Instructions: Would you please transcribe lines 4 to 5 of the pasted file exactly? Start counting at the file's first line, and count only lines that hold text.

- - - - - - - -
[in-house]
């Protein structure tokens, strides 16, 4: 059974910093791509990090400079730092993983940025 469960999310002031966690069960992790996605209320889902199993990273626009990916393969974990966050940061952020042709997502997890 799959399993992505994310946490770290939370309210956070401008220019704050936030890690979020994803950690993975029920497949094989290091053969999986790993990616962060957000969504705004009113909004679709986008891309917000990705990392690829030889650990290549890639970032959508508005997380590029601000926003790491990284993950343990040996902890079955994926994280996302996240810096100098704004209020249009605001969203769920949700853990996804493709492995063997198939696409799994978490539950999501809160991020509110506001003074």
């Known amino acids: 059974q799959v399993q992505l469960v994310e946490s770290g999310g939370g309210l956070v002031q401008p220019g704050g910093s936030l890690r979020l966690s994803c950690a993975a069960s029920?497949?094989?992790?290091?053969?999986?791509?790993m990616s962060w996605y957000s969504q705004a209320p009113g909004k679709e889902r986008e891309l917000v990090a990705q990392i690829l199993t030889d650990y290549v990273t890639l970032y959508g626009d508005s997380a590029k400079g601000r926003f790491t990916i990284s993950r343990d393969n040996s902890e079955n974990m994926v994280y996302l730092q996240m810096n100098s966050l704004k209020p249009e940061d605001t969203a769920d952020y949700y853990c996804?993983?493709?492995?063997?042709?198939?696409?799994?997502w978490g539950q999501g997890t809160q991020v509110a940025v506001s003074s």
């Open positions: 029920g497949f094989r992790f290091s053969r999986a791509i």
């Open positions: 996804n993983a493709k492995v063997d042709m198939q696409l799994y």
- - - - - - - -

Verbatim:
């Open positions: 029920g497949f094989r992790f290091s053969r999986a791509i």
């Open positions: 996804n993983a493709k492995v063997d042709m198939q696409l799994y």